AB5 was not only the assault on the trucking industry by California Democrats who were aggressively trying to unionize the industry and to impose environmental regulations on it.
It was not, nor was said assault limited to California or ever more onerous “Save Gaia!” measures. The willful destruction of the trucking industry is multifarious and complex, from the implementation of nearly incomprehensible tangle of hours-worked limitations to electronic-log requirements to the absurd Regen mandate, which is my personal fave. Regen is so pluperfect an encapsulation of FederalGovCo stupidity as to beggar belief. To wit:
There’s no such thing as a good time for downtime, especially when it’s unexpected. And one issue many fleet drivers don’t plan for is forced regens.
If you haven’t experienced this issue yet, consider yourself lucky. A forced regen occurs when soot builds up inside the diesel particulate filter (DPF) to the point that the vehicle is no longer operable. When this happens, a driver has to pull over and initiate a self-cleaning process that can take up to 40 minutes — valuable time that could have been spent on the road.
If that sounds confusing, it really isn’t. The DPF traps the soot; the DPF gets full; driver must pull over IMMEDIATELY for a “forced regen” when the warning light comes on, lest severe damage be done to the engine of a truck he just paid 150k or a good bit more to purchase.
Now, here’s where a sensible person’s head will start to spin like Linda Blair’s in The Exorcist. Know what a “forced regen” is? Why, nothing other than the process of ALL THE PARTICULATES AND SOOT THE FILTER REMOVED FROM THE ATMOSPHERE BEING BLOWN BACK OUT INTO THE ATMOSPHERE AGAIN. Only instead of it being done gradually, over a wide area, the gunk is expelled all at once, in a single spot. Whenever you’ve seen a big rig sitting on the side of the highway, a thick column of smoke belching skyward from the stacks, what you’re witnessing is the hand of FederalGovCo in action, just another Superstate Success Story™.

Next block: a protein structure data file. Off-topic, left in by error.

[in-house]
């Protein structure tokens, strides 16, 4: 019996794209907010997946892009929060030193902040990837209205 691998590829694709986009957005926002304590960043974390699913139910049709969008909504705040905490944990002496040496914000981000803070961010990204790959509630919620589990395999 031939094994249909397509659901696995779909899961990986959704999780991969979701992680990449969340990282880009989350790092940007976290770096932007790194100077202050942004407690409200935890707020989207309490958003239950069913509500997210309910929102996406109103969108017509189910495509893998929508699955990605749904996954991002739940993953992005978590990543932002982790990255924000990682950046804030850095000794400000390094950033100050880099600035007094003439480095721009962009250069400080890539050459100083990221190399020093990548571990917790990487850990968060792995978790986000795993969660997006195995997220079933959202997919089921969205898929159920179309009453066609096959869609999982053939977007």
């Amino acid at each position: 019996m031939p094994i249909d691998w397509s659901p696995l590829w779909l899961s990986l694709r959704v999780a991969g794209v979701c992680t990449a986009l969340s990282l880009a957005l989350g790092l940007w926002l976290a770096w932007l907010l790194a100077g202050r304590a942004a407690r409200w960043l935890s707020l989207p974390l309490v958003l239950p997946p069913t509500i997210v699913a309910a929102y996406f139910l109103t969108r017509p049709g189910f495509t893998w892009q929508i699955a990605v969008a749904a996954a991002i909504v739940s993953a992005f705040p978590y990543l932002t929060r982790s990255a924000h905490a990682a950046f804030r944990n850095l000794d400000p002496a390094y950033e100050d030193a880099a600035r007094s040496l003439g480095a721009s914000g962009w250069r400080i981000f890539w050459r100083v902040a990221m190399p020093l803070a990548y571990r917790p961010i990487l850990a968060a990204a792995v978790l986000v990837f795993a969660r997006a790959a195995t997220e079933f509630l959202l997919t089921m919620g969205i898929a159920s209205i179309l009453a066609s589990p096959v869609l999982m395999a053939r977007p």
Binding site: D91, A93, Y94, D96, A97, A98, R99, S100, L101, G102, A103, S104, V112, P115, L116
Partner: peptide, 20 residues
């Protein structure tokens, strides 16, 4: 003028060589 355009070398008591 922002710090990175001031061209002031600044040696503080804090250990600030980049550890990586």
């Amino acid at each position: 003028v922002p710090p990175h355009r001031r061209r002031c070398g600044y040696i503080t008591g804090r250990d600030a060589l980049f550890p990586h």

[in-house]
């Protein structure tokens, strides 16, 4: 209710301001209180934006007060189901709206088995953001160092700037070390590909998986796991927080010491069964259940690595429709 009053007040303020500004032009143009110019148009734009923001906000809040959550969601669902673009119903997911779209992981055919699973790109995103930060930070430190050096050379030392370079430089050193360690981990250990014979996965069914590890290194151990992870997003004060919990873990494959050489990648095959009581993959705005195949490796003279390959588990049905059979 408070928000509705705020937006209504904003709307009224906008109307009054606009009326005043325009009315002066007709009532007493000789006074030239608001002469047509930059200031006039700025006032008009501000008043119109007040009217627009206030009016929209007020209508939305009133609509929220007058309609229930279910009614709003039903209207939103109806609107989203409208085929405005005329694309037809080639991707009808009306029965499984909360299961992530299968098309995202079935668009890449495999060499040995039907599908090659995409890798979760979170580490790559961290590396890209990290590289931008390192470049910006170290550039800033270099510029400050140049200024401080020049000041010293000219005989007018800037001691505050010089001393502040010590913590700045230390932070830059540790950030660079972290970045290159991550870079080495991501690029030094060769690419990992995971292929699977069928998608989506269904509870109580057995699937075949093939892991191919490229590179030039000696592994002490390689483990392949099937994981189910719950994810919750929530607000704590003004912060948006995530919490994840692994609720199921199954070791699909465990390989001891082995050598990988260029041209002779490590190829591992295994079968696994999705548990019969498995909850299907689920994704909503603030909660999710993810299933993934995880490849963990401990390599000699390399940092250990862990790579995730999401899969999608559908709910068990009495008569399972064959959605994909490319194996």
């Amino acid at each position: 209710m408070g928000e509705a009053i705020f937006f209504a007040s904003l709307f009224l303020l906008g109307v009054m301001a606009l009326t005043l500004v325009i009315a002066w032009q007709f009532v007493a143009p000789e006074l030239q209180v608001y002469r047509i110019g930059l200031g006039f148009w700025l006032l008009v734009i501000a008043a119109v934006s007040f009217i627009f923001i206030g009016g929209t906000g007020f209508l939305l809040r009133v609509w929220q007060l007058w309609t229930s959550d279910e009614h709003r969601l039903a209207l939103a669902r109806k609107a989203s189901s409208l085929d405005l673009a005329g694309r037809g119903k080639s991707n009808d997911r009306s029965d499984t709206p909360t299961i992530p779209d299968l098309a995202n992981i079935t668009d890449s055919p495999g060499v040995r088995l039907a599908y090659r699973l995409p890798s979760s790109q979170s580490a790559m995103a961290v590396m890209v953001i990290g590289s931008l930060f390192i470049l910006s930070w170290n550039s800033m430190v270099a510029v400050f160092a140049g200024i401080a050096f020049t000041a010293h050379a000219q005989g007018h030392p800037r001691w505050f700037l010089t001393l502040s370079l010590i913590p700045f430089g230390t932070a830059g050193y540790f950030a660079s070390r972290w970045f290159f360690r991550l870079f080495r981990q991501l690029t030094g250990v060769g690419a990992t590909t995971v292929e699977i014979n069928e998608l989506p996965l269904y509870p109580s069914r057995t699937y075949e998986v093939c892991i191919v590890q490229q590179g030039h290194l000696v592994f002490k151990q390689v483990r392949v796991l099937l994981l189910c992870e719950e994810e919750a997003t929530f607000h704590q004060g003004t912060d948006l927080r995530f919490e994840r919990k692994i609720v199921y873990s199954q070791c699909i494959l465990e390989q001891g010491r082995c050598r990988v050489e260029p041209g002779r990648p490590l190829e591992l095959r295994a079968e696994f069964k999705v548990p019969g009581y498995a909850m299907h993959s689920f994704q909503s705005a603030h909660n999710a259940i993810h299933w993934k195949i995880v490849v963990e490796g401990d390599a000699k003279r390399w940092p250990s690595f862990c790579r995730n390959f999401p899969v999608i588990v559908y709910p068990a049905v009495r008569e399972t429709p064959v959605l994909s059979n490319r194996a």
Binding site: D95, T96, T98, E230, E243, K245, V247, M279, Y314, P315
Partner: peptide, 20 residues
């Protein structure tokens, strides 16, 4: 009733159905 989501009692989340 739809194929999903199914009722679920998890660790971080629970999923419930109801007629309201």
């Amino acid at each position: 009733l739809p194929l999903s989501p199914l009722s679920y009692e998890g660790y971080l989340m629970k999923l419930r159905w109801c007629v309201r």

Ahh, but let’s not be offering any congratulations or humble thanks to our Lords and Masters on another Job Well Done quite yet, folks. Because as always, there’s more.
Last year, the California Air Resources Board issued a press release boasting that it had taken a “bold step to reduce truck pollution”. The bold step required switching to electric trucks.
“We are showing the world that we can move goods, grow our economy and finally dump dirty diesel,” Jared Blumenfeld, California’s Secretary for Environmental Protection, sneered.
Oh, is THAT what you think you’re “showing the world”? Because what the world is actually seeing looks not at ALL like what you just said. But hey, you do you, Poindexter. Live your truth, by all means. The snickering you’re hearing only means that we’re mighty impressed by your achievements, that’s all. Awestruck, even. Carry on.
While the ultimate truck ban was scheduled for 2045, an initial phase-in of 5% to 9% begins in 2024. Last year, California’s DMV began refusing to register thousands of trucks with an estimated 100,000 trucks under threat. With “green” trucks costing $70,000 more, this was a non-starter for already troubled independent owner-operators and even larger companies.
That was part of the plan.
Well, of course it was. These oozing chancres are always and forever working a Plan, a trait not limited to just the Califrutopia-localized sub-genus of the Rodentia Bureaucraticus species either. Bad as the worthless parasites have made our national situation already, the one certainty is that things are going to get much, much worse. That’s what they are, it’s what they do.